The commissioner of baseball has broad authority to act “in the best interests of the game.” The key factor which Commissioner Manfred must consider therefore is whether reinstating Rose is presently in the best interest of baseball.
Naturally, a consideration will be whether reinstating Rose constitutes a legal precedent, making it more difficult to enforce baseball’s prohibition against gambling. The Commissioner will also want to act in a manner that does not unduly depart from prior decisions.
Interestingly, in 1989 when he imposed discipline former Commissioner Giamatti did not exclude the possibility that reinstating Rose might someday be in the best interest of the game. The agreement resolving Rose’s lawsuit against baseball specifically preserved Rose’s right to apply for reinstatement.
The Giamatti Agreement contains provisions benefitting both sides. Baseball received Rose’s agreement to submit to the commissioner’s jurisdiction and accept placement on baseball’s ineligible list, and Rose agreed to dismiss his lawsuit and not sue baseball related to its investigation or any subsequent application by Rose for reinstatement.
Importantly as well, and sometimes forgotten, the Giamatti Agreement permanently took off the table future questions about whether Rose bet on baseball. The commissioner agreed to “not make any formal findings or determinations on any matter including without limitation the allegation that Peter Edward Rose bet on any Major League Baseball game.”
This provision permits Commissioner Manfred to avoid thorny questions recently raised again by the ESPN investigative piece citing new evidence that Rose bet on baseball as a player as well as a manager. The allegation that Rose bet on baseball as a player is, of course, not new. Investigator Dowd reached this conclusion in 1989. Yet, fueled by Rose’s own unwillingness to admit betting as a player, questions about the extent of what Rose did, and when, have persisted. Questions about Rose’s betting past are of undoubted historic interest. However, the Giamatti Agreement renders whether and when Rose bet on games irrelevant to consideration of a Rose application for reinstatement because it bars the Commissioner from making any determination on factual matters related to Rose’s discipline.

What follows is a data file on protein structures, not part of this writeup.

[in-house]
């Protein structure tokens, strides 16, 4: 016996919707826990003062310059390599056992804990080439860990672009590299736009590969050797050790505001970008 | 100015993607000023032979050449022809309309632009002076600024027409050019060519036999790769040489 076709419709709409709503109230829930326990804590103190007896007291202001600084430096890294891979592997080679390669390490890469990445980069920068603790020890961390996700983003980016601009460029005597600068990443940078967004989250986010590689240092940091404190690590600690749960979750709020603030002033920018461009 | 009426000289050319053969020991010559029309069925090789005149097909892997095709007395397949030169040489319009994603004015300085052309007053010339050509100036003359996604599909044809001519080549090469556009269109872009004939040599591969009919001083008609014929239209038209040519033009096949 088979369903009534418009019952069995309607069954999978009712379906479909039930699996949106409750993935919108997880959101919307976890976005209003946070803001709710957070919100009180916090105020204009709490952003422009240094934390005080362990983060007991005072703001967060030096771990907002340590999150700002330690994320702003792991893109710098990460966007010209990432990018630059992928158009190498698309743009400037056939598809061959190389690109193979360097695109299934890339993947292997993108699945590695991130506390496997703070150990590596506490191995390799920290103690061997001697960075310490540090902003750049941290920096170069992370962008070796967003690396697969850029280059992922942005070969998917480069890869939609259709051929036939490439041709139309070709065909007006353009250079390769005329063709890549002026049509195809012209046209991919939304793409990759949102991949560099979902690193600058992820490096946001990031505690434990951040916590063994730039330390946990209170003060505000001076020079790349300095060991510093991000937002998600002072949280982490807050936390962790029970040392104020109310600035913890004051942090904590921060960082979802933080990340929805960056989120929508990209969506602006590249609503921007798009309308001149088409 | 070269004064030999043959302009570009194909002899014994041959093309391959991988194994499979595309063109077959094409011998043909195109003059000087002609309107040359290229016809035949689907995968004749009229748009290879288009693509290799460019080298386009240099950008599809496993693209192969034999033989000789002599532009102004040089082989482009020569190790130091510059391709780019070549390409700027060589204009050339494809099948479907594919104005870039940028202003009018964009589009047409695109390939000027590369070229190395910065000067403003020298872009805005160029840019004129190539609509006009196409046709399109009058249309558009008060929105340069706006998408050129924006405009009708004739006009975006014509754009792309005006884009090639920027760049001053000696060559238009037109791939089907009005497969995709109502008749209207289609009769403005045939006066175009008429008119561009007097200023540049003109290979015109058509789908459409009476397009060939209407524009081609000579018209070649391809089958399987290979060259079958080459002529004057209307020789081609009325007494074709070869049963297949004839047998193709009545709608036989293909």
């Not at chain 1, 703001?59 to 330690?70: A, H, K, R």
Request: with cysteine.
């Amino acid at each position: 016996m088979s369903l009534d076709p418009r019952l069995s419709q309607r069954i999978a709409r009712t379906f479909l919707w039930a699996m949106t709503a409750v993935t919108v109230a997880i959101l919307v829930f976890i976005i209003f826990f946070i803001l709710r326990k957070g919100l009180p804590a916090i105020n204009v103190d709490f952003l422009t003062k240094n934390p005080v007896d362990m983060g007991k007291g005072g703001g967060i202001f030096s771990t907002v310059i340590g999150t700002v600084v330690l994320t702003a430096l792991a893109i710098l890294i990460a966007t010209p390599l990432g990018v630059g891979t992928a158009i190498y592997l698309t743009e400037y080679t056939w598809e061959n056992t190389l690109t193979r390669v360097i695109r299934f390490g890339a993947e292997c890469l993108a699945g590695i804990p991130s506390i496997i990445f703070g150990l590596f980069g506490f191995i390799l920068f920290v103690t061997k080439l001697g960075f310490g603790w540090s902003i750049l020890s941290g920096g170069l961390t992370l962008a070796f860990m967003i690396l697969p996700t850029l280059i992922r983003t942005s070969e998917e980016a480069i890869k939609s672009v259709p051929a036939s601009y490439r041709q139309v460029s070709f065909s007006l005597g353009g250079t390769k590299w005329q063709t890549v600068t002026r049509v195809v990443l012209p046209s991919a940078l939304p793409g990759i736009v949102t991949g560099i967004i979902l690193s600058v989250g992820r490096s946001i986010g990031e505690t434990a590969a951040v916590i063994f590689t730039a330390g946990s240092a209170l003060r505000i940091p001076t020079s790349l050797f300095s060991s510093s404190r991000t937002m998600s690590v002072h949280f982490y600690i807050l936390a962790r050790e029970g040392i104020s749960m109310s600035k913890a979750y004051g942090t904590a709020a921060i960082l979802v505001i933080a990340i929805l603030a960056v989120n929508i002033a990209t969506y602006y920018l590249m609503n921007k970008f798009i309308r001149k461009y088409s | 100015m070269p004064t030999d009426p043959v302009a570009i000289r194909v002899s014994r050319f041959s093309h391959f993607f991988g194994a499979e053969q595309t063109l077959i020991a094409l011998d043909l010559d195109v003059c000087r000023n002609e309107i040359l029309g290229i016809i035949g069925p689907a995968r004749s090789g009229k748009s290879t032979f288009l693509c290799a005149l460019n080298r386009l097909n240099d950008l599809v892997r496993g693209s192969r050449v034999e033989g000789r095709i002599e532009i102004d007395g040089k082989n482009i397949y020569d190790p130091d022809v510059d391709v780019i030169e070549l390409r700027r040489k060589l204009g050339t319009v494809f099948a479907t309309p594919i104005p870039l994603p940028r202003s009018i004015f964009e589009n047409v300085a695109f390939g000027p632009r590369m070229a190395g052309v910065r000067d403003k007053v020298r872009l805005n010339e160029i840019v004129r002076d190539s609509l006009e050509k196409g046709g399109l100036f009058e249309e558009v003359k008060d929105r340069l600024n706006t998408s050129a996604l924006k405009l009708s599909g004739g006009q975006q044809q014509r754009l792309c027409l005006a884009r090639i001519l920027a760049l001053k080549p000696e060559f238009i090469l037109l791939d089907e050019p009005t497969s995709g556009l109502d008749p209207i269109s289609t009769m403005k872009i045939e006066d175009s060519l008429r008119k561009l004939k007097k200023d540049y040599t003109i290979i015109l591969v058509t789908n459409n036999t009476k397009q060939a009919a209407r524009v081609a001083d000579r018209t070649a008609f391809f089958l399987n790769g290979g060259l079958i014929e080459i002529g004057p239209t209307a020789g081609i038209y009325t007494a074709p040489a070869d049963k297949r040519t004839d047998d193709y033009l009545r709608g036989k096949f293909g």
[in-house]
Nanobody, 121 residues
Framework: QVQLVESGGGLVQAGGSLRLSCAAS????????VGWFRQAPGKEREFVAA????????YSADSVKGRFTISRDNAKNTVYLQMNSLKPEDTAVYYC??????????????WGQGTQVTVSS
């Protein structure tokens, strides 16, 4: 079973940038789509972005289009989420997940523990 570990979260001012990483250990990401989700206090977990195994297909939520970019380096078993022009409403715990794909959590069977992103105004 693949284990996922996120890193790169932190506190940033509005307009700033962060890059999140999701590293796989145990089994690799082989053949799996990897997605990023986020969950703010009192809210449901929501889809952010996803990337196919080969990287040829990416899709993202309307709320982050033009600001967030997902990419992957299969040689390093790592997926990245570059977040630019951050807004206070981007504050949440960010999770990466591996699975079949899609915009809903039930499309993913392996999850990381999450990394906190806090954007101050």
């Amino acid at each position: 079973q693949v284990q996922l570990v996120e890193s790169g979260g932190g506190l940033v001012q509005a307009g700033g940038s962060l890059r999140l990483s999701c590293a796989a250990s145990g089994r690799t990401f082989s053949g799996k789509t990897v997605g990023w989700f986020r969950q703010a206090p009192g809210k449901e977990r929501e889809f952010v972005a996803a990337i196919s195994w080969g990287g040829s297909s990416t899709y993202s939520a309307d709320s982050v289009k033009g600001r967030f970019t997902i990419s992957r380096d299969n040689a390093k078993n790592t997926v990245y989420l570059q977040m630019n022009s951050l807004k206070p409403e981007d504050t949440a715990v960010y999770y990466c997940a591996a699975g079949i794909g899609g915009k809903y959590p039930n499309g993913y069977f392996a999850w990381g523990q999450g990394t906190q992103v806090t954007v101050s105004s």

Nor did Rose procure the Giamatti Agreement through misrepresentation. The Agreement states, “Nothing in this agreement shall be deemed either an admission or a denial by Peter Edward Rose of the allegation that he bet on any Major League Baseball game.”
In the galaxy of recent articles about Rose’s possible reinstatement, the fact that the Giamatti Agreement permanently bars the legal door on consideration of Rose’s betting seems to have fallen into a black hole; it is never mentioned. Nevertheless, due to the Giamatti Agreement, questions such as whether Rose bet as a player, and the extent to which his betting harmed baseball, should be deemed legally irrelevant in considering Rose’s reinstatement application.
For some, Commissioner Giamatti’s 1989 decision to render off-limits future questions about Rose’s betting on baseball could be viewed as prescient. Questions about what Rose did and when he did it certainly have less relevance now, 26 years after he was first banned and suffered other punishment, a prison term and exclusion from a sure first ballot Hall of Fame selection.
Commissioner Giamatti may have realized that over time the full price for Rose’s transgressions would be paid and further consideration of Rose’s involvement in betting would needlessly complicate the reinstatement process. In any case, the Giamatti Agreement means Commissioner Manfred has a rationale for avoiding the virtually impossible, Sisyphean, task of weighing the impact of Rose’s betting on baseball, making it easier to reinstate Rose. The Giamatti Agreement also means that the Rose case is largely sui generis (no future case is likely to involve a settlement agreement making the disciplined player’s betting history not subject to further consideration), and Rose may therefore be reinstated without creating a precedent detrimental to future betting discipline cases.
In a prior article I contended that sports organizations imposing discipline should consider “perceptual deterrence,” i.e., the need to alter perceptions in order to deter wrong conduct. Perceptual deterrence also comes into play in reinstatement decisions. A key is what the rules say. If reinstatement were granted based on “sympathy” where the rules do not authorize reinstatement a charge of favoritism or unequal application of the rules could arise.
In Rose’s case, however, unequal application of the rules is not an issue. The Giamatti Agreement expressly authorizes a Rose reinstatement application. Also, current Major League Baseball Rule 15 provides that Commissioner Manfred, may “in his or her sole discretion and upon such terms and conditions as he or she may deem proper, reinstate any such person.”